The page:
To mark the arrival of Nokia’s open-source mobile web browser, which is now available, the company have also launched a new portal to share information about open-source activities.

In June, Nokia announced that it was developing an open-source browser for phones that use its series 60 smartphone software platform. The browser, now available to licensees of S60 3rd Edition, is based on the WebCore and JavaScriptCore components of Apple Computer Inc.'s Safari Web kit. Safari, Apple's browser, is based on KHTML and KDE's JavaScript Engine, developed as part of KDE's Konquerer open-source project.

Nokia and Siemens AG both build phones based on the S60 platform.

The browser will display webpages to mobile phone users just as the page developers designed the page, Nokia said. It also includes popup blocking, access to RSS (really simple syndication) feeds and a text search feature.

Nokia were keen to develop their open-source browser to improve the way all websites are displayed on mobile phones. Typically, websites are specially designed for mobile phones. Websites that aren't optimised for mobile phones are often awkward to view on the small screens on handsets.

With the availability of higher speed wireless data networks, operators and handset makers are increasingly working to open up the entire web, not just the sites optimised for small screens, to mobile users. For example, T-Mobile in Germany, Austria and the UK recently launched a new mobile service that features Google as the web browser start page, encouraging mobile users to access any website on the internet.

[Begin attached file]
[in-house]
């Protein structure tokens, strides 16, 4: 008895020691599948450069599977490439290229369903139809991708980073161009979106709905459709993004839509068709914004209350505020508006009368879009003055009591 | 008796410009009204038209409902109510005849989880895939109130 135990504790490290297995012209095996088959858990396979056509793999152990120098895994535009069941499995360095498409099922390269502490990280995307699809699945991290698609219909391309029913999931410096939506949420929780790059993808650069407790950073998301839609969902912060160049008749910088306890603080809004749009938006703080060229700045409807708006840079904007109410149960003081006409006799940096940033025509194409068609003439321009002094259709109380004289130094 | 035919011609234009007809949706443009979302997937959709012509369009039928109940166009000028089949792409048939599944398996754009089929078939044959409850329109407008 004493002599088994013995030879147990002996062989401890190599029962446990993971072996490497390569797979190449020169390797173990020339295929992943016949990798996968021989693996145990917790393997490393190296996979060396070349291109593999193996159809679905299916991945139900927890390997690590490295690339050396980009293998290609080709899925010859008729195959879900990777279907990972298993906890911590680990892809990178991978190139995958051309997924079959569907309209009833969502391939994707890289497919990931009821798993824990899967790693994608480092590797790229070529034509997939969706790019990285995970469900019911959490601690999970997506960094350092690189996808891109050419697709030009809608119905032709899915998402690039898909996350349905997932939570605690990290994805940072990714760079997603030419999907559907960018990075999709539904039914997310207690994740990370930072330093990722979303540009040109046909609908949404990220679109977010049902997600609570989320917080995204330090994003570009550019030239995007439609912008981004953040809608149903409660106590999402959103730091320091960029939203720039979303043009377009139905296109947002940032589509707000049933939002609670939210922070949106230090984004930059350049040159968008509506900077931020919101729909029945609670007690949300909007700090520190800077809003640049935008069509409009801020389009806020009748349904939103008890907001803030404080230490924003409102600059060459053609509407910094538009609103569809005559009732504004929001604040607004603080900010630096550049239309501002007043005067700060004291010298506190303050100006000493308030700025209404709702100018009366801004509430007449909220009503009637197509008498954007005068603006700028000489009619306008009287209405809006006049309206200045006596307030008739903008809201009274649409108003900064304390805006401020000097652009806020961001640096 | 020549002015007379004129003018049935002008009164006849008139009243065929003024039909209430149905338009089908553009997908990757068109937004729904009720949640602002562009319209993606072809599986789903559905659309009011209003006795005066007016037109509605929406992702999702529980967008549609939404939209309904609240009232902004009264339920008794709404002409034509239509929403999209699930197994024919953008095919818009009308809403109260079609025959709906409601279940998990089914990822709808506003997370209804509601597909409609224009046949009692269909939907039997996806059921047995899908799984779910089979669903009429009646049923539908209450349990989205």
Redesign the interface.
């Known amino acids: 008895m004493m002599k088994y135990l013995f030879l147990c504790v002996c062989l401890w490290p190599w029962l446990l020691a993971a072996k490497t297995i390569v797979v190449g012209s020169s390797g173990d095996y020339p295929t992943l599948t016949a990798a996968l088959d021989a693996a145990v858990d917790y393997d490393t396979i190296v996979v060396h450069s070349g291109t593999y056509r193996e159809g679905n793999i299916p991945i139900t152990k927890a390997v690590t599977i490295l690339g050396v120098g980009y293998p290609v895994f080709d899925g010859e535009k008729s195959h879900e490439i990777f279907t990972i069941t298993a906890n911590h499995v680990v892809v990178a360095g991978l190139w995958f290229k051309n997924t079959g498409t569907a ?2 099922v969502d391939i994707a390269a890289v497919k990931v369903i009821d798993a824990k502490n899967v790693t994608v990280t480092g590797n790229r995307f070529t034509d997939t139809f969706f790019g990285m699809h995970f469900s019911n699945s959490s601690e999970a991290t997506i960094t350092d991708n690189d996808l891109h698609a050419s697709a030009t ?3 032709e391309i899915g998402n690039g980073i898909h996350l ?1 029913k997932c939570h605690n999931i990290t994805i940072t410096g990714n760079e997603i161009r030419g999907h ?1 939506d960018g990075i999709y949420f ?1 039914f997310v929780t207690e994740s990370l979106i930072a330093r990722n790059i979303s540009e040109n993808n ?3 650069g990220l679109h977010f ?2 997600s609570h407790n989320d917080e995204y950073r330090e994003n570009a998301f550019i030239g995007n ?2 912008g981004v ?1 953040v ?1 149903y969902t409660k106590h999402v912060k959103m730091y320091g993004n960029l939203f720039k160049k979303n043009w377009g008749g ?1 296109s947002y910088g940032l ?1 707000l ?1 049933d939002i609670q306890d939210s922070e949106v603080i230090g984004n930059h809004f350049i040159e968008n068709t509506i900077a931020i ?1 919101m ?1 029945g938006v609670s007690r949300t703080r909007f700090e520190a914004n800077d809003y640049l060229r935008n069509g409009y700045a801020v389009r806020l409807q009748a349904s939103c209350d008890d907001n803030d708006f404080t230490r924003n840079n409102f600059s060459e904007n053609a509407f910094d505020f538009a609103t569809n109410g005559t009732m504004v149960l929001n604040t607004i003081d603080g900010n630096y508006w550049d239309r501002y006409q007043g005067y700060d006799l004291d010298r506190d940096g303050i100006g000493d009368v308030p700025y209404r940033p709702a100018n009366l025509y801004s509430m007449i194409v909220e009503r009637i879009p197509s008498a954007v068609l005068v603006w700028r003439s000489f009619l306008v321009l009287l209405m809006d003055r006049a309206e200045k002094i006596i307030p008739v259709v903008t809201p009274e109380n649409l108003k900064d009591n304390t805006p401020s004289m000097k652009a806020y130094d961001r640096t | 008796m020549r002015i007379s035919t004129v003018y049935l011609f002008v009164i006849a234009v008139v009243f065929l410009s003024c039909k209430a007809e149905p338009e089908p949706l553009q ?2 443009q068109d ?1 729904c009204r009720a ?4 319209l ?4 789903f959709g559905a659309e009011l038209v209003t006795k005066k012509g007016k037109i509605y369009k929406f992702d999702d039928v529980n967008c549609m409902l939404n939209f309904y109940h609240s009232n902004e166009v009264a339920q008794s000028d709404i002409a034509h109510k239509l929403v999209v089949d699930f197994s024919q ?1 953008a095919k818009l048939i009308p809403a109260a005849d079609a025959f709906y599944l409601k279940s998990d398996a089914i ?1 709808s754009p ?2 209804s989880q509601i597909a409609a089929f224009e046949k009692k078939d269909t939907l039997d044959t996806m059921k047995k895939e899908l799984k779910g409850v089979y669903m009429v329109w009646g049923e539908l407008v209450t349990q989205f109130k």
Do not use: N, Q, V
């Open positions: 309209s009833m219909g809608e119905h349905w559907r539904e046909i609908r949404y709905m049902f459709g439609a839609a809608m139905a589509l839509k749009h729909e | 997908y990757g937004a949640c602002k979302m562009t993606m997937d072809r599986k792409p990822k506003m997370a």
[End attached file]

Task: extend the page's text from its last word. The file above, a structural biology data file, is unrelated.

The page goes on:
Nokia have launched a portal,, as a source of information for all of its open-source projects. The goal of the portal is to share Nokia's open-source developments in order to encourage further innovation by open-source developers, the company said in a statement.

In addition to the open-source browser, Nokia is working on two other open-source projects. Nokia's Maemo development platform is an open-source platform for developing products for Linux-based internet tablets. Nokia's 770, the tablet that includes Wi-Fi but not cellular connectivity, is based on Linux.

The other project is the Python programming language, which Nokia is porting to the series 60 platform.